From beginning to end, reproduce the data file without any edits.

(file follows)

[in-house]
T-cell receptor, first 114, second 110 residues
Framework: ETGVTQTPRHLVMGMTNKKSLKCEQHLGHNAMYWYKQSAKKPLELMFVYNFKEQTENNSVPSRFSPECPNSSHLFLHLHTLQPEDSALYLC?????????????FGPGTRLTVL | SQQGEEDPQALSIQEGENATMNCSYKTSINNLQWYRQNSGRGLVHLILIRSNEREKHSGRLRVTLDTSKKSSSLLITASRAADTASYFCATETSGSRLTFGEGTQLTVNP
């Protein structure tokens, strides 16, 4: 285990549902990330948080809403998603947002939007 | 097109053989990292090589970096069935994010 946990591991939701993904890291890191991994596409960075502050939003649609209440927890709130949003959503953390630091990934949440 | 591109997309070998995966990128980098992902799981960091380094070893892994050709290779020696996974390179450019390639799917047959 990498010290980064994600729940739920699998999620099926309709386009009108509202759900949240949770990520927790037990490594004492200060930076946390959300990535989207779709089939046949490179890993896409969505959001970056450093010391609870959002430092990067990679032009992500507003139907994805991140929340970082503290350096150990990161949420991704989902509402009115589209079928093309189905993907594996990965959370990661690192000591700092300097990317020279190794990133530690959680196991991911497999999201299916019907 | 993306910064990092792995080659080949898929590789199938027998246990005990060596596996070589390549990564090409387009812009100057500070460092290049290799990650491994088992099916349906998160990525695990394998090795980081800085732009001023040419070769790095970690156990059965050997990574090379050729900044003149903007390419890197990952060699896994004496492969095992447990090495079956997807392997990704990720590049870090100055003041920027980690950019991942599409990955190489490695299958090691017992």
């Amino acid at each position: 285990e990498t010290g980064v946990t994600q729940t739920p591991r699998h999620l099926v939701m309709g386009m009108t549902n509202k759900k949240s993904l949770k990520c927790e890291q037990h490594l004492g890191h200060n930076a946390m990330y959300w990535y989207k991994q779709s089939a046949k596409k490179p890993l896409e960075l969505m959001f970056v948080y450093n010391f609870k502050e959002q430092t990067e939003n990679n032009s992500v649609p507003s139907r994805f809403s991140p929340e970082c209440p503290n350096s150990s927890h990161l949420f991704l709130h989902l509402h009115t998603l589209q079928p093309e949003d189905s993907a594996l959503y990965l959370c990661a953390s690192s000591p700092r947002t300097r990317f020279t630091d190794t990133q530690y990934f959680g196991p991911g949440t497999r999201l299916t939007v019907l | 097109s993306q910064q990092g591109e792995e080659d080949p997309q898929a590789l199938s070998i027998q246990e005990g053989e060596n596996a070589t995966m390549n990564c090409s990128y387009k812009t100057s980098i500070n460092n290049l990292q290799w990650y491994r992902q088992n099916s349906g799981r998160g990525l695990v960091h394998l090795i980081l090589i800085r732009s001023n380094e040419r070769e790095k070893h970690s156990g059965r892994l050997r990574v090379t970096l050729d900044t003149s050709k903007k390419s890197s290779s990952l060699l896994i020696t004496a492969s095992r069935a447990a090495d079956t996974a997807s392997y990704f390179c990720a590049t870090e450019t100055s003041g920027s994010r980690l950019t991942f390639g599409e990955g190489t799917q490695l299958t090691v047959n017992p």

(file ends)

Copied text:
[in-house]
T-cell receptor, first 114, second 110 residues
Framework: ETGVTQTPRHLVMGMTNKKSLKCEQHLGHNAMYWYKQSAKKPLELMFVYNFKEQTENNSVPSRFSPECPNSSHLFLHLHTLQPEDSALYLC?????????????FGPGTRLTVL | SQQGEEDPQALSIQEGENATMNCSYKTSINNLQWYRQNSGRGLVHLILIRSNEREKHSGRLRVTLDTSKKSSSLLITASRAADTASYFCATETSGSRLTFGEGTQLTVNP
């Protein structure tokens, strides 16, 4: 285990549902990330948080809403998603947002939007 | 097109053989990292090589970096069935994010 946990591991939701993904890291890191991994596409960075502050939003649609209440927890709130949003959503953390630091990934949440 | 591109997309070998995966990128980098992902799981960091380094070893892994050709290779020696996974390179450019390639799917047959 990498010290980064994600729940739920699998999620099926309709386009009108509202759900949240949770990520927790037990490594004492200060930076946390959300990535989207779709089939046949490179890993896409969505959001970056450093010391609870959002430092990067990679032009992500507003139907994805991140929340970082503290350096150990990161949420991704989902509402009115589209079928093309189905993907594996990965959370990661690192000591700092300097990317020279190794990133530690959680196991991911497999999201299916019907 | 993306910064990092792995080659080949898929590789199938027998246990005990060596596996070589390549990564090409387009812009100057500070460092290049290799990650491994088992099916349906998160990525695990394998090795980081800085732009001023040419070769790095970690156990059965050997990574090379050729900044003149903007390419890197990952060699896994004496492969095992447990090495079956997807392997990704990720590049870090100055003041920027980690950019991942599409990955190489490695299958090691017992």
């Amino acid at each position: 285990e990498t010290g980064v946990t994600q729940t739920p591991r699998h999620l099926v939701m309709g386009m009108t549902n509202k759900k949240s993904l949770k990520c927790e890291q037990h490594l004492g890191h200060n930076a946390m990330y959300w990535y989207k991994q779709s089939a046949k596409k490179p890993l896409e960075l969505m959001f970056v948080y450093n010391f609870k502050e959002q430092t990067e939003n990679n032009s992500v649609p507003s139907r994805f809403s991140p929340e970082c209440p503290n350096s150990s927890h990161l949420f991704l709130h989902l509402h009115t998603l589209q079928p093309e949003d189905s993907a594996l959503y990965l959370c990661a953390s690192s000591p700092r947002t300097r990317f020279t630091d190794t990133q530690y990934f959680g196991p991911g949440t497999r999201l299916t939007v019907l | 097109s993306q910064q990092g591109e792995e080659d080949p997309q898929a590789l199938s070998i027998q246990e005990g053989e060596n596996a070589t995966m390549n990564c090409s990128y387009k812009t100057s980098i500070n460092n290049l990292q290799w990650y491994r992902q088992n099916s349906g799981r998160g990525l695990v960091h394998l090795i980081l090589i800085r732009s001023n380094e040419r070769e790095k070893h970690s156990g059965r892994l050997r990574v090379t970096l050729d900044t003149s050709k903007k390419s890197s290779s990952l060699l896994i020696t004496a492969s095992r069935a447990a090495d079956t996974a997807s392997y990704f390179c990720a590049t870090e450019t100055s003041g920027s994010r980690l950019t991942f390639g599409e990955g190489t799917q490695l299958t090691v047959n017992p």